Macro photography involves taking photos of incredibly small objects. The focus is often too small and the subject is obscured by the surrounding environment. In addition to the natural light, there are several challenges that can affect the final images. The main one is lighting, which may be challenging depending on the subject. While using a diffuser or reflector can help reduce midday contrast, it is less practical for moving subjects. Flower petals and edges should be photographed, not the center.
In addition to being small in scale, macro photography poses some unique challenges. Lighting is crucial to good macro photos. You need to have a steady camera body to avoid blurring the subject and the background. Moreover, the background should be free from distractions such as dust. The background should also be free from distracting elements such as objects, people, or other objects. This way, you can get a clear focus on your subject.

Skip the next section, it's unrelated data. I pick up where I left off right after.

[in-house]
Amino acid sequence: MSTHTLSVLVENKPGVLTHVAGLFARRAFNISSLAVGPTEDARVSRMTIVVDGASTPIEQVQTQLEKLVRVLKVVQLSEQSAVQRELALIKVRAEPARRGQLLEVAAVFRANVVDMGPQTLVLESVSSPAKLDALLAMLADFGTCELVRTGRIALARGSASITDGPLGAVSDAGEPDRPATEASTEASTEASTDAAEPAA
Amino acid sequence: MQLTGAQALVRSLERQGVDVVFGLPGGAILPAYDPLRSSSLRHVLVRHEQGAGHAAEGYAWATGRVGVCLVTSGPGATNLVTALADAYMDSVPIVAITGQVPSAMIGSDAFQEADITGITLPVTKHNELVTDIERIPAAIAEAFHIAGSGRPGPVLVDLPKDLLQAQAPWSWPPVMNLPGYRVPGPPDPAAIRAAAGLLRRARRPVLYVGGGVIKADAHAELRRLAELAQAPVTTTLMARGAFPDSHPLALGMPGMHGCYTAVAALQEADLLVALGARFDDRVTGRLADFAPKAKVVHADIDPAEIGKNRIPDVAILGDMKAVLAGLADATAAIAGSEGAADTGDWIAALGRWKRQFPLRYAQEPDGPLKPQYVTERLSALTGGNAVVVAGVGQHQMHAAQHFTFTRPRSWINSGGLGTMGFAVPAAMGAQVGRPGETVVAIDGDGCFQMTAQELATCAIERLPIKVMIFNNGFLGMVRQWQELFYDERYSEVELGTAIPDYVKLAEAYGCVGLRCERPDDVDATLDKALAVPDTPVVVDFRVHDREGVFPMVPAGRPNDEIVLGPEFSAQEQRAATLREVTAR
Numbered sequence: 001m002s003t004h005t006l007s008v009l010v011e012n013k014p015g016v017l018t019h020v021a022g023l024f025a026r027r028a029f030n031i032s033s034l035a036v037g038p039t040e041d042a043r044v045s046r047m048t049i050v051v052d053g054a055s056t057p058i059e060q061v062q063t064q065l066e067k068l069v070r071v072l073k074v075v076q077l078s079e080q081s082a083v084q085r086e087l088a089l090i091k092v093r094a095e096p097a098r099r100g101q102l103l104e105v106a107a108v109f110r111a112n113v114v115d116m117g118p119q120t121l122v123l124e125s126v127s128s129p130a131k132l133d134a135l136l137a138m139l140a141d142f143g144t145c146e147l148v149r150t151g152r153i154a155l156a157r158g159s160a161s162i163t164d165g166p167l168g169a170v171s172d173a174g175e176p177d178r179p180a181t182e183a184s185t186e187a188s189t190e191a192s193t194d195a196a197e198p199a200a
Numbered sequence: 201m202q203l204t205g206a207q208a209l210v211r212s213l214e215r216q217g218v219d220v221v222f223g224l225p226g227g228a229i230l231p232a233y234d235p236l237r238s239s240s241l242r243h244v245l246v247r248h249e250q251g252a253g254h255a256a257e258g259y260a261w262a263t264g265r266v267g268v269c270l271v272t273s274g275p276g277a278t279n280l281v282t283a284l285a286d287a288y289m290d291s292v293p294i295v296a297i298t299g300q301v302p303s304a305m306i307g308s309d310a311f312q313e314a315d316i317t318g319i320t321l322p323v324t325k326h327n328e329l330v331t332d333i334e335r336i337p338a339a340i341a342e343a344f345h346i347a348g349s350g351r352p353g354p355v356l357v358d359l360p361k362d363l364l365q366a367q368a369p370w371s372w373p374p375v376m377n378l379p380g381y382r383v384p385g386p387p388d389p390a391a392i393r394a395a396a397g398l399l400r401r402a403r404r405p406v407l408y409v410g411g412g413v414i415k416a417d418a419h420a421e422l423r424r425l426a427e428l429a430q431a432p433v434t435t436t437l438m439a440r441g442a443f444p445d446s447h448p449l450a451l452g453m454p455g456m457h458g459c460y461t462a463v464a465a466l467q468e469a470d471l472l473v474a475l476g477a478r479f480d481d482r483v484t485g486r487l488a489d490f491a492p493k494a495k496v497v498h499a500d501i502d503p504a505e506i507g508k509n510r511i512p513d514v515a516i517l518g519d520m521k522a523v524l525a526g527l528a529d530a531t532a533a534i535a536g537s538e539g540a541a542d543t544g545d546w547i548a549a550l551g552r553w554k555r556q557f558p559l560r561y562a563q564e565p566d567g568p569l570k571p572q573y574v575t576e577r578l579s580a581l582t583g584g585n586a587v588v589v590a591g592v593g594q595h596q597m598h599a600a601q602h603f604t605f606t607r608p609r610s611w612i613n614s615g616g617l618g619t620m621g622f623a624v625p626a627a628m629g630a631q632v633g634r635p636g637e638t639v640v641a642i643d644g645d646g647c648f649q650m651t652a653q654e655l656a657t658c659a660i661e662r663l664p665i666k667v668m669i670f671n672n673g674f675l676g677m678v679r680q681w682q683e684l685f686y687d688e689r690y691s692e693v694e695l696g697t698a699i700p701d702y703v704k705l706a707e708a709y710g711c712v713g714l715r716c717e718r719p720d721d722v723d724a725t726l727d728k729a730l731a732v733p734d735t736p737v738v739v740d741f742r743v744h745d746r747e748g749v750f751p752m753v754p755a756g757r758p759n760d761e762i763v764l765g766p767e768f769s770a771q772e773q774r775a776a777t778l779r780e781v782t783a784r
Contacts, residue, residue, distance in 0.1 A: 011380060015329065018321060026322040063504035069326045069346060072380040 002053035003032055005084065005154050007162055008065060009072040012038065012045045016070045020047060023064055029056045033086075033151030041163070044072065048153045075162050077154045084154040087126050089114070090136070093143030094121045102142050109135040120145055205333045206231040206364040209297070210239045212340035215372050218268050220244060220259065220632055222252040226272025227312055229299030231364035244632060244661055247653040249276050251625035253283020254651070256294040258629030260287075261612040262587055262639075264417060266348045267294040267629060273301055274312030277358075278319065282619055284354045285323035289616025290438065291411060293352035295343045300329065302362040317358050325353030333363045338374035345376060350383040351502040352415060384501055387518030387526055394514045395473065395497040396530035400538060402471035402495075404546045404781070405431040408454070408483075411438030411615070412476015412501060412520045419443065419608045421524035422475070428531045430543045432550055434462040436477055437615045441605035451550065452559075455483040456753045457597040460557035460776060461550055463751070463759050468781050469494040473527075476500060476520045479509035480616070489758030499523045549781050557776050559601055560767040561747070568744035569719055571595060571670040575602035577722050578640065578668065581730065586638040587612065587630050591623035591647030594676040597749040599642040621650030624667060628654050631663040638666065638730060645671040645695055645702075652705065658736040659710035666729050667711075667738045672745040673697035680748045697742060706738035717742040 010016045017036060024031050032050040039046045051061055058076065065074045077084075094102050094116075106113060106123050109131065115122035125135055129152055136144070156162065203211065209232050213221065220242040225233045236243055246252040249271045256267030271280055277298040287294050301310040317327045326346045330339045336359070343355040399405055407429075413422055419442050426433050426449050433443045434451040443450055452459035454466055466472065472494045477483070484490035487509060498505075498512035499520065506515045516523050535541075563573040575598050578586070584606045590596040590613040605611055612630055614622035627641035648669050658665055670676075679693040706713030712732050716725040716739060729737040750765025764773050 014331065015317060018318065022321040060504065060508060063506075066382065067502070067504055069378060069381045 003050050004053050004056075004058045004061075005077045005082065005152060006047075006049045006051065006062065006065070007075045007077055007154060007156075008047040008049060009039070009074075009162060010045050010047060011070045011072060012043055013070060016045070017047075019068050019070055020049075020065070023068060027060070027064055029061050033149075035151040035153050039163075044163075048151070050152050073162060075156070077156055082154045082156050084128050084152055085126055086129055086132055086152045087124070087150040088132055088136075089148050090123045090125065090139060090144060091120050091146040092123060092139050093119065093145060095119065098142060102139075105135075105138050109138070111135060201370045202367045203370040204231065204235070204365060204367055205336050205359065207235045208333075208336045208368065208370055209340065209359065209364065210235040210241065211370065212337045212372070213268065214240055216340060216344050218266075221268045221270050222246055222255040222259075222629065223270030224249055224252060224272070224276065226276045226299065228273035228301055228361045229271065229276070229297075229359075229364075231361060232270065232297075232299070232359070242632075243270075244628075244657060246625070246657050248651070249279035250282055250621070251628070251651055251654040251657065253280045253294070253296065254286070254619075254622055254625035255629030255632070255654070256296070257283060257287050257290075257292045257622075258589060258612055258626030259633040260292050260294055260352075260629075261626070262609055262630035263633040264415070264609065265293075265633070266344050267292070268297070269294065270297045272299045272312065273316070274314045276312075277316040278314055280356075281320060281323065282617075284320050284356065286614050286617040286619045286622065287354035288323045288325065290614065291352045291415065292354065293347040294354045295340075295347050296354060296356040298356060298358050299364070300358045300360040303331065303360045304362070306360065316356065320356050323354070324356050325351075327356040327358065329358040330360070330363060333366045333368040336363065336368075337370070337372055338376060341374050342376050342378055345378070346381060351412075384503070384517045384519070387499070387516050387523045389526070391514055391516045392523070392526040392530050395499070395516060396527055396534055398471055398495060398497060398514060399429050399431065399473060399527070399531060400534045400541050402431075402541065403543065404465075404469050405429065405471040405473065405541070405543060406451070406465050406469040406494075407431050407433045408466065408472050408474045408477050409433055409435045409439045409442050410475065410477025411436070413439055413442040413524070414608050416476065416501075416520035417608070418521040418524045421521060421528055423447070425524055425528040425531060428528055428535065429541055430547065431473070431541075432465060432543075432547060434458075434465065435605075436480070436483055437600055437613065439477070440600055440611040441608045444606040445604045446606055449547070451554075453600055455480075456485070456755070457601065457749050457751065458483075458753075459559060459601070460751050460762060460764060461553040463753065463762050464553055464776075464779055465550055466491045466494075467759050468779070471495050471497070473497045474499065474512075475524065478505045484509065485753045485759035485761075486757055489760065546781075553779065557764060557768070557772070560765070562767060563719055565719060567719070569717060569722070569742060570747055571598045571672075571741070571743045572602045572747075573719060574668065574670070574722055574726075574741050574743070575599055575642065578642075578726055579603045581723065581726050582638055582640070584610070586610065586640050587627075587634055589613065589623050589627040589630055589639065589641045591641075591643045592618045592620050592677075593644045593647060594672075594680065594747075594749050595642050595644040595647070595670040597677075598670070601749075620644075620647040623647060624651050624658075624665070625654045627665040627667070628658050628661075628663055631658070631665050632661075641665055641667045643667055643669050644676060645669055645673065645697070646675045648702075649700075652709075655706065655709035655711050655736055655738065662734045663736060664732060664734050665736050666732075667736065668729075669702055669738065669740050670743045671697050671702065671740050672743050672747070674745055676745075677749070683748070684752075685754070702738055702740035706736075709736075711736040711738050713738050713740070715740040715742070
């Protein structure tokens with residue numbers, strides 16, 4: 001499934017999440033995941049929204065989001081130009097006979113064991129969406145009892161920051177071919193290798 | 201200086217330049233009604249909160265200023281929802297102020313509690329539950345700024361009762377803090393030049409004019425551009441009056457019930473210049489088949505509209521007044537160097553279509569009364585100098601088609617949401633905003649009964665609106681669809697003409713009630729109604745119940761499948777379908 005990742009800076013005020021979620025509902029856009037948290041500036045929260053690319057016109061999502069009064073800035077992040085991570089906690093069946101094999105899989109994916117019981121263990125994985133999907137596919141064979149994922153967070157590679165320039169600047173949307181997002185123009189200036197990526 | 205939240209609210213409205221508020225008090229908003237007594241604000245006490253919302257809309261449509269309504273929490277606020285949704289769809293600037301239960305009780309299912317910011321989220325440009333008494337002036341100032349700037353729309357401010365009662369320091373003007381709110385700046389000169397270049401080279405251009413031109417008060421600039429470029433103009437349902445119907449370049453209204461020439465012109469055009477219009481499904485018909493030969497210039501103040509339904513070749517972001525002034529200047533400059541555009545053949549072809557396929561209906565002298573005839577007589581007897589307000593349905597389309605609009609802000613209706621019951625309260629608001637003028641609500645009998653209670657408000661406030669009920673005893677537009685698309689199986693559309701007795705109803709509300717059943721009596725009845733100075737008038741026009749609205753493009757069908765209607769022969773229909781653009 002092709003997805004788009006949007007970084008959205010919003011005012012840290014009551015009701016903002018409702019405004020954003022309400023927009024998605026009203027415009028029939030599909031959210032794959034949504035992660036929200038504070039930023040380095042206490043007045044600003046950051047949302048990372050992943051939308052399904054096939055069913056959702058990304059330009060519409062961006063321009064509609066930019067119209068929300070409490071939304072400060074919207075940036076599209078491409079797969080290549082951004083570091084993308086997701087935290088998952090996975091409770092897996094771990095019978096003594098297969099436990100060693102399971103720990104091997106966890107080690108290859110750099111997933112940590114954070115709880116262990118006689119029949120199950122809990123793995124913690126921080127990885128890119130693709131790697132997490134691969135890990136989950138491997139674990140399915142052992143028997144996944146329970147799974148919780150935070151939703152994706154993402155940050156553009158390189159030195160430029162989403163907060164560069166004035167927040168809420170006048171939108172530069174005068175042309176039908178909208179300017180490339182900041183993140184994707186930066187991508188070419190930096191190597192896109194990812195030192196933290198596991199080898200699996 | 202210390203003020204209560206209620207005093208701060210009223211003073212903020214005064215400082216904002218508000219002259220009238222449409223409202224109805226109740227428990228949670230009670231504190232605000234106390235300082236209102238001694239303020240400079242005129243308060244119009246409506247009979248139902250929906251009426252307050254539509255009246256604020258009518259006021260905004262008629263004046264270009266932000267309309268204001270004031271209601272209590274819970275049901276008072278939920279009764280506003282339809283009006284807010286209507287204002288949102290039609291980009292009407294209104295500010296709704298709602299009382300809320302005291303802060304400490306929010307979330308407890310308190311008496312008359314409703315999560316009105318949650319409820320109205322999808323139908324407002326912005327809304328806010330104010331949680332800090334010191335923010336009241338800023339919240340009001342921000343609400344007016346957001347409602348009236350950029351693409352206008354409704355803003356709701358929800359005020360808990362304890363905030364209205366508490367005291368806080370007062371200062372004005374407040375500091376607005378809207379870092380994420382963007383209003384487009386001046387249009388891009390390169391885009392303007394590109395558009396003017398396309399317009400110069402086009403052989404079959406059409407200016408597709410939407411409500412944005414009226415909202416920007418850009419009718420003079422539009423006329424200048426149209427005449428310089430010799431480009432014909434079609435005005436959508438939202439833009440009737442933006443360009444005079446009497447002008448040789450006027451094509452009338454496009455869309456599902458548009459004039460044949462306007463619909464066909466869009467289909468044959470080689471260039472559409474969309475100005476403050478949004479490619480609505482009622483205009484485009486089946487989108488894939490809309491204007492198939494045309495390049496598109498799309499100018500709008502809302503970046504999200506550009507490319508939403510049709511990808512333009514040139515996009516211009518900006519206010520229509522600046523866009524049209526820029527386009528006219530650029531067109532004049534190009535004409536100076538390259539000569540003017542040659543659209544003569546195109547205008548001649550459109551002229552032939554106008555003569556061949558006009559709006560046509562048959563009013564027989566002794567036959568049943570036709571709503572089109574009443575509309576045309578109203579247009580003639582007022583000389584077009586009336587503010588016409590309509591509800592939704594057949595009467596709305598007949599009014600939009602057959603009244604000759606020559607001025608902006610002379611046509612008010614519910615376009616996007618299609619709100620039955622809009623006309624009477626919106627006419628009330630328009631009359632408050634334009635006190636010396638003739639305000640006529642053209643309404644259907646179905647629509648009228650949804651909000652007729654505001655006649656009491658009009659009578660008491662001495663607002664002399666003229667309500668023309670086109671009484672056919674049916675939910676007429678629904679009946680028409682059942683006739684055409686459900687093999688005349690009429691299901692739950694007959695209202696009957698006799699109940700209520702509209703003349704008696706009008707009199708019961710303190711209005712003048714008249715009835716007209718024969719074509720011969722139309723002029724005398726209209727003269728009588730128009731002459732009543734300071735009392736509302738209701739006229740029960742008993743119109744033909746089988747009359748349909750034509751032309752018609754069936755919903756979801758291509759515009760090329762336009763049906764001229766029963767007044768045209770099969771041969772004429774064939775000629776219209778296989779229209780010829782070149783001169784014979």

Another challenge is the lack of depth of field. The subject must be at least a half the life size in order to be considered a macro. To compensate for this, you can narrow down the aperture and increase the F-stop number. Alternatively, you can take pictures at even closer distances. In either case, the subject must be smaller than life size in order to capture it in a close-up manner.